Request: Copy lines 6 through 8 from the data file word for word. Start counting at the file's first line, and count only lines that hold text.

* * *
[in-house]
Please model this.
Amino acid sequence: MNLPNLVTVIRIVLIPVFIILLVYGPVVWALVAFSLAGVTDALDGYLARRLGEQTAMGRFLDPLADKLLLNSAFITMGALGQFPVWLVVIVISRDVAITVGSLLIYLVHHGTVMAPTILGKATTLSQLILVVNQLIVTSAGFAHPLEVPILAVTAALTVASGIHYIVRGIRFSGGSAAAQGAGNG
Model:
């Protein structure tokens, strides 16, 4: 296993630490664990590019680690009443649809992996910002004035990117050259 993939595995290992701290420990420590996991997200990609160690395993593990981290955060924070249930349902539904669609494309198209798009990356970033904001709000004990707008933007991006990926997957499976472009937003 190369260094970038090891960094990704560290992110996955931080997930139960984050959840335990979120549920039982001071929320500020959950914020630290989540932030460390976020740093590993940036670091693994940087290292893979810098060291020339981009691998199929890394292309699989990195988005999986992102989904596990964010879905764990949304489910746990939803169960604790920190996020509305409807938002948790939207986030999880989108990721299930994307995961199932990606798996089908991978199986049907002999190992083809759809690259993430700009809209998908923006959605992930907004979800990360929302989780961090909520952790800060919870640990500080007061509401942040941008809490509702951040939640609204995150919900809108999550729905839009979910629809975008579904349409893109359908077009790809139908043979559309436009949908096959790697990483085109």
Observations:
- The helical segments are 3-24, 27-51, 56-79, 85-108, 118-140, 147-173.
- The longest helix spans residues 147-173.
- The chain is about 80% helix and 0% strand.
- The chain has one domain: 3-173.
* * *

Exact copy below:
Observations:
- The helical segments are 3-24, 27-51, 56-79, 85-108, 118-140, 147-173.
- The longest helix spans residues 147-173.